Monday, February 16, 2015

Mark Lundy retrial: Focus on his financial affairs as jury hears that his vineyard investment plans were collapsing at the time his wife and child were murdered. Retrial enters second week. Reporter Ross Giblin;;

STORY: "Mark Lundy murder retrial: Focus on vineyard plans," by reporter Ross Giblin,  published by  on February 16, 2015.

GIST: "The vineyard investment plans of Mark Lundy were collapsing at the time his wife and child were murdered, a jury has been told. Lundy was months late settling a land purchase of about $1.8 million, the High Court at Wellington was told today. Lundy was being charged penalty interest for land in Hawke's Bay but had no money of his own and was not able to attract investors to complete the purchase, a jury heard......... A witness whose name was suppressed and whose evidence was read to the court said he was helping Lundy in the wine venture and they were due to "pull the plug" at the end of August, 2000, for lack of money. The statement said he had looked at joining Lundy in the vineyard scheme but agreed to be a director, buy shares and supply rootstock for the vines.
Lundy told him he found land in Hawkes Bay for $1.2m and signed a contract to buy it. The witness said he never saw a copy of the contract. Without making the purchase subject to obtaining finance Lundy put himself in the position that he could lose everything, the witness said. About six weeks before the murders he and Lundy discussed "pulling the plug" and how Lundy would be left owing $190,000. The witness said he would not have seen Lundy left in the lurch and proposed selling off grapevine rootstock plants to pay $100,000 of the debt and leaving the sellers of the land to recoup the penalty interest in the sale of the land. Christine Lundy would have been well aware of the debts being incurred, the witness' statement said. He believed she was "all for" the vineyard investment but was concerned that the sale had gone unconditional, he said. He spoke to Lundy the day the bodies were found. He was in shock and "dead from the neck up". After Christine Lundy's murder an insurance policy paid $75,000 to the mortgage, but there was no cash payment, the witness' statement said. When it came time to bury the remains of his family Lundy said he could not face putting them in the ground. The witness said he felt Christine and Amber deserved better than being put in the ground by a stranger and he arranged to go to the interment, and told others about it too. After a while the witness realised the police suspected him of being involved in the murders. He was offered immunity from prosecution. The witness said he told police he did not want immunity and was not involved. Robert McLachlan ran the company that imported and distributed the sinks and taps that the Lundys sold. McLachlan said he always knew the Lundys were undercapitalised when they first became distributors. The Lundys' company debt to their supplier was often around $100,000. After the deaths Lundy said he would use the money he was expecting from the life insurance policy to settle the debt. When that did not happen he was going to try to raise money by using his house as security. By February 2001 the debt to McLachlan's firm was $160,000 and later they called receivers in to the Lundy business. The trial is due to sit a half-day tomorrow, with private legal talks taking place in the afternoon."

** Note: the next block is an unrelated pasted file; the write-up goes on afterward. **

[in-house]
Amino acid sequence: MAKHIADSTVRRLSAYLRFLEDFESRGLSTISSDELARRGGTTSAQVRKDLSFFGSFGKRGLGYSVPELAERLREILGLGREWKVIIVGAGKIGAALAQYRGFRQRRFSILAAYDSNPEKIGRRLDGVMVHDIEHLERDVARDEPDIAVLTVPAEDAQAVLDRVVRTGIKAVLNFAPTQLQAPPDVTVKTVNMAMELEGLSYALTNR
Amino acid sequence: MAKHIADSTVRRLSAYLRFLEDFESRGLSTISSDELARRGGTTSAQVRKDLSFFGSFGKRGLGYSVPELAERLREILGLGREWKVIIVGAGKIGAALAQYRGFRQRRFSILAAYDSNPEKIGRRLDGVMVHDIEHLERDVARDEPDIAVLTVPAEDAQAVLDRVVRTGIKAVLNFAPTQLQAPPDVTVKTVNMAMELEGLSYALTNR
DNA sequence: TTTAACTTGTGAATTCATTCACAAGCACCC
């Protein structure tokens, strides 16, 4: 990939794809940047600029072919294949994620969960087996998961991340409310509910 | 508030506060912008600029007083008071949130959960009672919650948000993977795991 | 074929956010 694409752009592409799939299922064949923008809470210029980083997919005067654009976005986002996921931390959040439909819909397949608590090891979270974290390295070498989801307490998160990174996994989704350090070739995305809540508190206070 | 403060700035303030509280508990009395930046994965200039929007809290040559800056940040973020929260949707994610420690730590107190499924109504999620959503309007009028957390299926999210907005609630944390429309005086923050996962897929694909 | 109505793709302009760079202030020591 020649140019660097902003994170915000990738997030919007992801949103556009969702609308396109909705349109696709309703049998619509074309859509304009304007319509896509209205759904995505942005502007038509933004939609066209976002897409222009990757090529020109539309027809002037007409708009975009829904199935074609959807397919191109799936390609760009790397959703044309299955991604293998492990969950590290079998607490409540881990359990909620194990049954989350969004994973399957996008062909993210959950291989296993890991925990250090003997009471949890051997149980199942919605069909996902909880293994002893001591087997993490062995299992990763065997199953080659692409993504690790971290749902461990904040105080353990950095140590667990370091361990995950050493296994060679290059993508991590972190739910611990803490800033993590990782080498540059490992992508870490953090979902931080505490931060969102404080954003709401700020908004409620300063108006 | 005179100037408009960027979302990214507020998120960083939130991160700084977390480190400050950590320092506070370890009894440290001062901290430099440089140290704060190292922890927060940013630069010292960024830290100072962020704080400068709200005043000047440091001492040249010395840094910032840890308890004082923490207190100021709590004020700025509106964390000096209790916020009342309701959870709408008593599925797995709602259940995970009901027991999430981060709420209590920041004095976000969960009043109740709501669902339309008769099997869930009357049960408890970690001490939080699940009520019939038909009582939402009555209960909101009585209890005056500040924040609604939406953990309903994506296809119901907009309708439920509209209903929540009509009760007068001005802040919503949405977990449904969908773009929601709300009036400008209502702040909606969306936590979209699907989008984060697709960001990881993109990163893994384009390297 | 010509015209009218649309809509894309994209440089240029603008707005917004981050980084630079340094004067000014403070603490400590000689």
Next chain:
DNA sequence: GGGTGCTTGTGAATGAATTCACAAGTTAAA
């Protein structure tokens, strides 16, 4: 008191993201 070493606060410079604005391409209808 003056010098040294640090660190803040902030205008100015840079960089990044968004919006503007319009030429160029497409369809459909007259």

Dear Reader. Keep your eye on the Charles Smith Blog. We are following this case.
I have added a search box for content in this blog which now encompasses several thousand posts. The search box is located  near the bottom of the screen just above the list of links. I am confident that this powerful search tool provided by "Blogger" will help our readers and myself get more out of the site.

The Toronto Star, my previous employer for more than twenty incredible years, has put considerable effort into exposing the harm caused by Dr. Charles Smith and his protectors - and into pushing for reform of Ontario's forensic pediatric pathology system. The Star has a "topic" section which focuses on recent stories related to Dr. Charles Smith. It can be found at:

Information on "The Charles Smith Blog Award"- and its nomination process - can be found at:
I look forward to hearing from readers at:
Harold Levy; Publisher; The Charles Smith Blog;